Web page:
It was a time for grand and splendid old sayings.
Like "the show must go on" and "it's the spirit of the blitz".
And "I think it's your round for drinks".
It was also a fine and reflective time to consider what the folk of Hawke's Bay were confronted by 90 years ago when a shattering earthquake arrived unannounced … and left much of the landscape in ruins.
Yet even while the aftershocks kept calling, the people got on with what would be a demanding task of recovery.
"We have to get on with it … and do the best we can."
And I daresay that simplistic but stoic, and priceless, piece of Kiwi advice emerged when things looked forlorn and bleak.
"She'll be right."
And of course she was.
And so it came to pass, nine decades later, that the "official" Art Deco Festival was put on the back-burner … yet as it also came to pass, far from extinguished.
Time had begun to run out in terms of just where the land would be in terms of levels … the devilish Covid kind.
What could be staged if level 2 continued to be stamped upon the region?
The rules surrounding the restrictions were tough to combat.
It was like organising a one-day cricket international at the local grounds and then watching the waterlogged southerlies arrive (without tickets) in town.
As they did on several occasions.
In the past there have been some rain disruptions to the grand Deco fiesta, and one year I think there was a major power outage in the Napier CBD as I remember, but that "gotta get on with it" philosophy came to the fore.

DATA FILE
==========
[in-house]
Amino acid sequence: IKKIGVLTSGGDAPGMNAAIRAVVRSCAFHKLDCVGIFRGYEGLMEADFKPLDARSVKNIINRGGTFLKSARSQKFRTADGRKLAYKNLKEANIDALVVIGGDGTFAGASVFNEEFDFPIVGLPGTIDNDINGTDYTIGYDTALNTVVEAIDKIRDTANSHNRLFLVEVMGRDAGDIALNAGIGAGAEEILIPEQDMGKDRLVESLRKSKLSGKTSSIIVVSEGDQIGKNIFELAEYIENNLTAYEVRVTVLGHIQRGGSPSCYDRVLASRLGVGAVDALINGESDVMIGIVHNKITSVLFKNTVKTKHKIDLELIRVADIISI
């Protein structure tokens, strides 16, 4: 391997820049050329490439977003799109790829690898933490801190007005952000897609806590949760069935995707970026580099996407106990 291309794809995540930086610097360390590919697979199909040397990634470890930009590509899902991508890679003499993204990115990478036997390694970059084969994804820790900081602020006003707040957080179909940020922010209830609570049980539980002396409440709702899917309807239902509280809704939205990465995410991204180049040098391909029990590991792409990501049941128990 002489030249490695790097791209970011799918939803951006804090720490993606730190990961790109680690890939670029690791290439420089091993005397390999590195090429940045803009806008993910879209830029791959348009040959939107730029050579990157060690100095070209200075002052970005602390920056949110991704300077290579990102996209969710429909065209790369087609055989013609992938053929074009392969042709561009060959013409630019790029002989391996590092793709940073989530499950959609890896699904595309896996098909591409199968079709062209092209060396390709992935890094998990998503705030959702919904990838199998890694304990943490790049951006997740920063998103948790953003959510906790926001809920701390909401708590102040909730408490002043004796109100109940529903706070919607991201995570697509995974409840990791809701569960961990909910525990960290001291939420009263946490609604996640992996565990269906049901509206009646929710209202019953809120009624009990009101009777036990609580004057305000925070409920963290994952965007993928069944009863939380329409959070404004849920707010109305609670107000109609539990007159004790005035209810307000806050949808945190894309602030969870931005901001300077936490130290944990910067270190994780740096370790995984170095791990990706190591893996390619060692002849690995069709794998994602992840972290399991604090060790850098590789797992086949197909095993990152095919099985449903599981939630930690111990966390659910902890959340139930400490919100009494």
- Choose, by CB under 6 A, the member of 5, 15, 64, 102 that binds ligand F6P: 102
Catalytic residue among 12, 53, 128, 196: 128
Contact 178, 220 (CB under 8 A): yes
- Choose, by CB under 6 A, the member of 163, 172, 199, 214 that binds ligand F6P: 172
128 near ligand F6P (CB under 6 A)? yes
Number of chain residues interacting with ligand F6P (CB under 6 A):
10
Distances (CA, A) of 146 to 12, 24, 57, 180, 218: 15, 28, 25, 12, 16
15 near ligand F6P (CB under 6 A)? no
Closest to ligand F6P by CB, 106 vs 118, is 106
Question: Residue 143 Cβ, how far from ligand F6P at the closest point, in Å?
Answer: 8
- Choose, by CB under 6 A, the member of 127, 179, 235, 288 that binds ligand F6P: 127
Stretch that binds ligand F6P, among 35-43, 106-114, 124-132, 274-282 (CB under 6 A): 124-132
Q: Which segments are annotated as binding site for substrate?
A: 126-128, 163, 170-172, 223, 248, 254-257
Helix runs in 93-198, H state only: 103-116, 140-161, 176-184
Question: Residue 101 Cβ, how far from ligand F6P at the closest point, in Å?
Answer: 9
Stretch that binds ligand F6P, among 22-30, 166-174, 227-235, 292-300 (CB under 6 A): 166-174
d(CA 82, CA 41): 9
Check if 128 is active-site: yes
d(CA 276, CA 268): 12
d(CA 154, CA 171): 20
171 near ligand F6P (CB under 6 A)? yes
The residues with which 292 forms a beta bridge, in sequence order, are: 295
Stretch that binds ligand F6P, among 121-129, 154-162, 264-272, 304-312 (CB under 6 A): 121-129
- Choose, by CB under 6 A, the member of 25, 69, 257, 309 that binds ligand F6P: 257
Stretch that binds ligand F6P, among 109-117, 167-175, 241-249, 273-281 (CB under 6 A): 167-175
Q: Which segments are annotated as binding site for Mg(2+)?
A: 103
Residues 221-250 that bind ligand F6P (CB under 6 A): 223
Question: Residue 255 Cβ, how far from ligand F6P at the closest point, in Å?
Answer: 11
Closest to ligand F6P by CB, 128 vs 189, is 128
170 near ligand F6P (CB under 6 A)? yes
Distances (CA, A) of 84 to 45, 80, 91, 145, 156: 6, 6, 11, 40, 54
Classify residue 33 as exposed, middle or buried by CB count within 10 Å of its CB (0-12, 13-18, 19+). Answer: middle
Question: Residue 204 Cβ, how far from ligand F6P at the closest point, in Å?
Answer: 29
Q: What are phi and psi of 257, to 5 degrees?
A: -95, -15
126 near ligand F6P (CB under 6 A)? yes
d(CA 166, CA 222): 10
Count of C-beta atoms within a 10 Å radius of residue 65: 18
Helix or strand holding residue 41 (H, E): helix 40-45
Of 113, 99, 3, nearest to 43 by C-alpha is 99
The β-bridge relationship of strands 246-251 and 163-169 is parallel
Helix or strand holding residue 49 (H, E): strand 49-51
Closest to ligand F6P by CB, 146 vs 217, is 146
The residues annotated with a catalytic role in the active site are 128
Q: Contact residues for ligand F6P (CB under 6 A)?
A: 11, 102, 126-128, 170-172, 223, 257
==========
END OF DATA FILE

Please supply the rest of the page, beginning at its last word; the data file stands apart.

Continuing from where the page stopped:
But this vile global pandemic intrusion into all our lives was way out of left field.
When I heard the news the festival had effectively been cancelled I was a tad dimmed, but not surprised, because at that stage the whole level situation was still up in the air, more so upon hearing three more community cases had emerged a few days earlier.
The hard-toiling Deco management crew are not mind readers or psychics so it would have been a calculated risk to put the green light on at that stage.
As my old dad often said "you don't take risks".
So yep, I got into high-speed motorcycling.
Dad often sighed a lot back then too.
I felt for the Deco drivers when the news did emerge that we could return to level 1 … came down to timing.
However, I just knew that the word "cancellation" was just that … a word.
I knew the dapper crappies and the Deco dames would don the smart attire of that annually celebrated era.
And I knew the vintage car folk would polish up the crank handles and hooks.
And the musical crews would tune their wonderfully warbling accessories and take them to the streets and stages.
Visitors arrived in town and the Defence Forces also gathered to ensure the festival would flourish, as best it could.
A couple of Tiger Moths buzzed overhead and I thought I saw a dark green Harvard pass over at some stage.
There was dancing, fashion and music.
No major official events of course but the people all gathered under that banner I noted earlier … the show must go on.
It was a delight to see, and a delight for the Art Deco team whose disappointment would have been well tempered by it all.
Oh yeah, and the weather played ball.
Well, nothing really.
As a long-standing resident of these parts, and having covered a dozen of them during my reporting years, I just stood back and applauded all those who danced and dined and doodled about in their grand automobiles and who all chorused "she'll be right".